When charging the battery using the HyperJuice 112 W charger, I found that the battery went from 0%-100% in about 1.75 hours which is a little longer than what Hyper claims (they state it should completely charge in 1-1.5 hours), however, this is still amazing to me. I hope that the battery lasts a while; I’ve read that by charging lithium-ion batteries more quickly, you tend to reduce their longevity. Only time will tell. The battery has a one year warranty.

What I like

  • The HyperJuice 130 W USB-C battery is 99.9 Wh/27000 mAh which is the maximum allowed by TSA/EASA
  • It charged my Pixel 2 XL (3520 mAh) six times on one charge of the battery
  • It charged my Lenovo Yoga 730 13-inch laptop (48 Wh) 1.5 times on one charge of the battery
  • It charged our 12.9-inch iPad Pro 3rd generation (36.71 Wh) almost two times on one charge of the battery
  • It charged all three devices simultaneously
  • The battery charged in 1.75 hours using the HyperJuice 112 W charger
  • The battery comes with a carrying case

What I’d change

  • Allow automatic charging when devices are plugged into any of the ports (charging is automatic only when connecting devices to the USB-C ports, not the USB-A port which requires you to press the power button to start charging)
  • The LED status lights on the battery do not remain on to tell you the battery level and that your devices are charging
  • It’s expensive

Final thoughts

The HyperJuice 130 W USB-C Battery + 112 W Charger Bundle is a battery and charger from heaven. I loved using them. I had the comfort of knowing that I could charge my Lenovo Yoga 730 13-inch laptop when traveling. It is 99.9 Wh/27000 mAh and is TSA/EASA compliant.

It charged my Pixel 2 XL phone (3520 mAh) six times on one full charge of the battery, my Lenovo laptop (48 Wh) about 1.5 times on one full charge of the battery, and our 12.9-inch iPad Pro 3rd generation (36.71 Wh) about two times on one full charge of the battery. It can even charge all of the aforementioned devices simultaneously. Also, double-pressing the power button toggles the battery to a low current mode to charge your Bluetooth wearables. And the battery charges from 0%-100% in 1.75 hours to top it off!

What are the drawbacks? Well, when you plug any of your devices into the USB-A port, you will have to press the power button to start charging, and the LED status lights do not remain on to indicate the battery level and that your devices are charging. Furthermore, you will pay a pretty penny for the HyperJuice 130 W USB-C Battery + 112 W Charger Bundle: $249.99. Ouch! But if you travel often, you may find that this battery and its charger are worthwhile companions. I know I do!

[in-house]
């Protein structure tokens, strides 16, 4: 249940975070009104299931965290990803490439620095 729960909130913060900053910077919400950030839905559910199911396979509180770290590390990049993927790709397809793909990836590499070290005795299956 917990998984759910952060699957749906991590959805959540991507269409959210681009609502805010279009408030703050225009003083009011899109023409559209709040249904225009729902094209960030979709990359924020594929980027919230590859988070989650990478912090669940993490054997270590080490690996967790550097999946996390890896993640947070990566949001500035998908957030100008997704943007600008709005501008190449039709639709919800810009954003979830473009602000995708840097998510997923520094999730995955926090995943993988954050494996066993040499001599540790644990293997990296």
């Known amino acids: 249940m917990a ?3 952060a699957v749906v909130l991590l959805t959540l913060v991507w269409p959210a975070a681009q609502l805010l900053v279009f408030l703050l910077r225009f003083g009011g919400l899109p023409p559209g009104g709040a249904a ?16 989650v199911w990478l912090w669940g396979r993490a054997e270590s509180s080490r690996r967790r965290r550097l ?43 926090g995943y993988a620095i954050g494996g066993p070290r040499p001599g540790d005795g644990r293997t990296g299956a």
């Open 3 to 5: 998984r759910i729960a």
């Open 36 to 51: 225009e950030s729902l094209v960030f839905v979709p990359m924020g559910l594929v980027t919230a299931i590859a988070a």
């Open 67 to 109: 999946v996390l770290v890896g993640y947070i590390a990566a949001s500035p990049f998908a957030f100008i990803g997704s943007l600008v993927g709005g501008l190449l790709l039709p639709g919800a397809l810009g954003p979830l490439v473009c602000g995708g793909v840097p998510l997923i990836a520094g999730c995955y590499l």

Price: $249.99 (HyperJuice 130W USB-C Battery + 112W Charger Bundle)
Where to buy: Hyper (as of this writing, you will need to sign up to be notified when the bundle is available)
Source: The sample of this product was provided by Hyper.

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3 thoughts on “HyperJuice 130 W USB-C Battery + 112 W Charger Bundle review”




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  2. After ¾ of a year, how well is the hyper juice performing? As with many battery providers, longevity often drops quite rapidly after a few months.

    Thanks!

    1. Kevin – Give me a couple of days to give you a more definitive answer. It seems to have lost some of its robustness, but I haven’t been keeping careful track of how many times it will charge my devices. I’ll keep track over the next couple of days and let you know.

      1. Kevin – After a couple of days of keeping careful track, I found that the HyperJuice battery was able to charge my Pixel 2 XL 5.5 times on one full charge of the battery. When I received the HyperJuice, I was able to charge my Pixel phone 6 times.

        So after 9 months of low-to-moderate use (not heavy use) of the battery, there was only a small decrease in power delivery.

        In my particular case, light-to-moderate use of the battery means that there were times I used it for several days straight to charge my phone and then I didn’t use the battery again for several weeks.

        I hope this helps!